What happened

Shares of Foot Locker, Inc. (NYSE:FL) were selling off today after the company said comparable sales declined in the fourth quarter, and offered a weak outlook for 2018. As a result, the stock was down 15.3% as of 10:57 a.m. EST.

A Foot Locker House of Hoops store

Image source: Foot Locker.

So what 

Comparable sales in the quarter fell 3.7%, reflecting broader weakness in the domestic sneaker and sportswear segment. Total revenue for the quarter, which included an extra week, increased 4.6% to $2.21 billion, which was slightly short of estimates at $2.22 billion. Adjusted for currency exchange, sales would have increased just 2%. Gross margin sank 230 basis points to 31.4%, which management blamed on a "highly promotional market place environment," and selling, general, and administrative costs increased 40 basis points.  Adjusting earnings per share (EPS) fell from $1.37 to $1.26, which beat estimates by a penny, but without the extra week in the calendar, EPS would have dropped to $1.14.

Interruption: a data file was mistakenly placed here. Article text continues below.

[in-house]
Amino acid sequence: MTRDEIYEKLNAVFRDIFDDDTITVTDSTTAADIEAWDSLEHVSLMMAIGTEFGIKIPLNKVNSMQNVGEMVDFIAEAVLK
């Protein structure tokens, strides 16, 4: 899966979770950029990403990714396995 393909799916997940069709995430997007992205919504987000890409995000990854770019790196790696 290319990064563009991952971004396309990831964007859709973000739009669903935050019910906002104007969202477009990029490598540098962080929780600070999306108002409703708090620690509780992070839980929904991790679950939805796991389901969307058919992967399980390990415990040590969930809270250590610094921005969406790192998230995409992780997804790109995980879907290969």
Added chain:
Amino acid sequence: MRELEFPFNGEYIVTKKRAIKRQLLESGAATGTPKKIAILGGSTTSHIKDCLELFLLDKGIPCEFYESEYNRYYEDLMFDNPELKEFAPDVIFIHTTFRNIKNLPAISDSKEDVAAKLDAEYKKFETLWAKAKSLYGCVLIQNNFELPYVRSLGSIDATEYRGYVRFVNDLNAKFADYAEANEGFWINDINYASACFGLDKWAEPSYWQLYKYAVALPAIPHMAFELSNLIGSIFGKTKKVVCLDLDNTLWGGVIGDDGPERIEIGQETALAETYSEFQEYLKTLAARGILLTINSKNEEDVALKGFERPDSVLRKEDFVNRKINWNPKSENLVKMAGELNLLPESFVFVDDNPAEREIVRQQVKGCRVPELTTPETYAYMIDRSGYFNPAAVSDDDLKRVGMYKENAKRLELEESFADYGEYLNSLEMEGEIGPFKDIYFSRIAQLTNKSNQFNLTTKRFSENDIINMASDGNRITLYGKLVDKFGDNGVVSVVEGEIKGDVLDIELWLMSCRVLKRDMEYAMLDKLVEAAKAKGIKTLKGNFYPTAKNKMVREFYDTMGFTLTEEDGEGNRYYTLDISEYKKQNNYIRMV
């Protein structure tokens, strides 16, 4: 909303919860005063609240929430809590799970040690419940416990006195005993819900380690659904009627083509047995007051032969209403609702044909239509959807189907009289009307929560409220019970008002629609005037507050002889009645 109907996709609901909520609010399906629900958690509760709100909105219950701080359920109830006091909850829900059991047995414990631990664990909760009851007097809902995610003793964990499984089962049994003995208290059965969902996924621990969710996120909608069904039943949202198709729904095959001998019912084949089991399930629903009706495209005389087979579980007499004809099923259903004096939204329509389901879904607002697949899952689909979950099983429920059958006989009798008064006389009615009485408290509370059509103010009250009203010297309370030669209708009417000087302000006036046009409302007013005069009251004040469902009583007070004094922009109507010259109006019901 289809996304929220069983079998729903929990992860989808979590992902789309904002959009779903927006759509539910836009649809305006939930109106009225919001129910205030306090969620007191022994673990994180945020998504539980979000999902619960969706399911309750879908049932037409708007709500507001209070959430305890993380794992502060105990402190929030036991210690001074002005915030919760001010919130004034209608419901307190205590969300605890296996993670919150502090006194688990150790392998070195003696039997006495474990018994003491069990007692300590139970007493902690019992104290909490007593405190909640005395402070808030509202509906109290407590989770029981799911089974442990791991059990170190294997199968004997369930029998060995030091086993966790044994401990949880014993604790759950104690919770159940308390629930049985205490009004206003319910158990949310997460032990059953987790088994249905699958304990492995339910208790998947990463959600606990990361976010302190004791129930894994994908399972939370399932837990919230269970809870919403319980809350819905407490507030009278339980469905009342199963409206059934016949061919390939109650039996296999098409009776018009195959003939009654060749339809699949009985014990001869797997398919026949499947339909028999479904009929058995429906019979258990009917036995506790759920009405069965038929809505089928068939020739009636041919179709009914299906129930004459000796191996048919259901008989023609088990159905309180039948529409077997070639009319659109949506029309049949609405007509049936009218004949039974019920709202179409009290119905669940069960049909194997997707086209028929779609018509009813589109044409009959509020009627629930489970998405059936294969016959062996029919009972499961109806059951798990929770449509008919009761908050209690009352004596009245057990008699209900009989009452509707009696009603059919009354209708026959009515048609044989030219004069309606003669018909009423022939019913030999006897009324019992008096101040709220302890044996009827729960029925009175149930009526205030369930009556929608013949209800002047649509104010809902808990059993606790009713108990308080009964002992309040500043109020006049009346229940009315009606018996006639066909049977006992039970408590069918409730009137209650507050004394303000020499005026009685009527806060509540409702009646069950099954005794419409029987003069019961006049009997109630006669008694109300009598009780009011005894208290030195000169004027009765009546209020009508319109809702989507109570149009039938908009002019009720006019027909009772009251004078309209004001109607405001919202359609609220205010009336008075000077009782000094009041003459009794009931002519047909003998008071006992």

CEO Richard Johnson said, "The dramatic shifts influencing the expectations and behaviors of our customers continued to affect our business in the fourth quarter... That said, we remained a highly profitable company in 2017, even though our sales and profit results were not what we planned for going into the year."  

Now what 

Foot Locker's outlook for the year was decent as the company saw flat to low-single-digit comparable sales, an improving gross margin, and a 100 basis-point increase in SG&A costs. On the bottom line, management projected a double-digit increase in earnings per share due in part to a lower tax rate and fewer shares outstanding. However, CFO Lauren Peters said sales and margin trends were likely to continue into the first quarter of the current year, adding to investor nervousness.

As the sportswear landscape evolves, suppliers like Nike and Under Armour are increasingly betting on their own direct-to-consumer channels, which could present long-term challenges for Foot Locker. Still, the stock is cheap, and if management can deliver positive comparable sales and earnings-per-share growth this year, as it projected, the stock should rebound.

Jeremy Bowman owns shares of Nike and Under Armour (C Shares). The Motley Fool owns shares of and recommends Nike, Under Armour (A Shares), and Under Armour (C Shares). The Motley Fool has a disclosure policy.